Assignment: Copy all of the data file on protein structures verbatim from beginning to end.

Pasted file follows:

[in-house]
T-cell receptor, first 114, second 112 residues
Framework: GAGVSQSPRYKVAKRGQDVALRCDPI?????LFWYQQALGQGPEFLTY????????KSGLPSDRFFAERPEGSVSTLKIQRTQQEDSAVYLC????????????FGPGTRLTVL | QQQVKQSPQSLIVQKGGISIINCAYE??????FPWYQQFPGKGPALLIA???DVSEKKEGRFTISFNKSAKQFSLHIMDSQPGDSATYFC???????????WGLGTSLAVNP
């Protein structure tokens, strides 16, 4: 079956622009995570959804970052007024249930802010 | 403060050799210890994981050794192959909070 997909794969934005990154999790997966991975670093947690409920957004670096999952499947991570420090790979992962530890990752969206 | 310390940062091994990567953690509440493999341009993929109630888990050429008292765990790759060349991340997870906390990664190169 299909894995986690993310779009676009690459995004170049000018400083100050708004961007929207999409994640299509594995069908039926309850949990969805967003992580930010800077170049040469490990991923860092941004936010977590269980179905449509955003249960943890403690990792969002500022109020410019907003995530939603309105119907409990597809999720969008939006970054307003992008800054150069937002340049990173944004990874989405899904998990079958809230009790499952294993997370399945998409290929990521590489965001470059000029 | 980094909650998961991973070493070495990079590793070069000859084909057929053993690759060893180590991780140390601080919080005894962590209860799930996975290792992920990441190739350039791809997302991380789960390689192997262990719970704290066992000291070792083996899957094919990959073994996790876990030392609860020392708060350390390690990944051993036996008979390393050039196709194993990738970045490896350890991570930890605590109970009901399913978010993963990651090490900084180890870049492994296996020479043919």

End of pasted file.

[in-house]
T-cell receptor, first 114, second 112 residues
Framework: GAGVSQSPRYKVAKRGQDVALRCDPI?????LFWYQQALGQGPEFLTY????????KSGLPSDRFFAERPEGSVSTLKIQRTQQEDSAVYLC????????????FGPGTRLTVL | QQQVKQSPQSLIVQKGGISIINCAYE??????FPWYQQFPGKGPALLIA???DVSEKKEGRFTISFNKSAKQFSLHIMDSQPGDSATYFC???????????WGLGTSLAVNP
């Protein structure tokens, strides 16, 4: 079956622009995570959804970052007024249930802010 | 403060050799210890994981050794192959909070 997909794969934005990154999790997966991975670093947690409920957004670096999952499947991570420090790979992962530890990752969206 | 310390940062091994990567953690509440493999341009993929109630888990050429008292765990790759060349991340997870906390990664190169 299909894995986690993310779009676009690459995004170049000018400083100050708004961007929207999409994640299509594995069908039926309850949990969805967003992580930010800077170049040469490990991923860092941004936010977590269980179905449509955003249960943890403690990792969002500022109020410019907003995530939603309105119907409990597809999720969008939006970054307003992008800054150069937002340049990173944004990874989405899904998990079958809230009790499952294993997370399945998409290929990521590489965001470059000029 | 980094909650998961991973070493070495990079590793070069000859084909057929053993690759060893180590991780140390601080919080005894962590209860799930996975290792992920990441190739350039791809997302991380789960390689192997262990719970704290066992000291070792083996899957094919990959073994996790876990030392609860020392708060350390390690990944051993036996008979390393050039196709194993990738970045490896350890991570930890605590109970009901399913978010993963990651090490900084180890870049492994296996020479043919």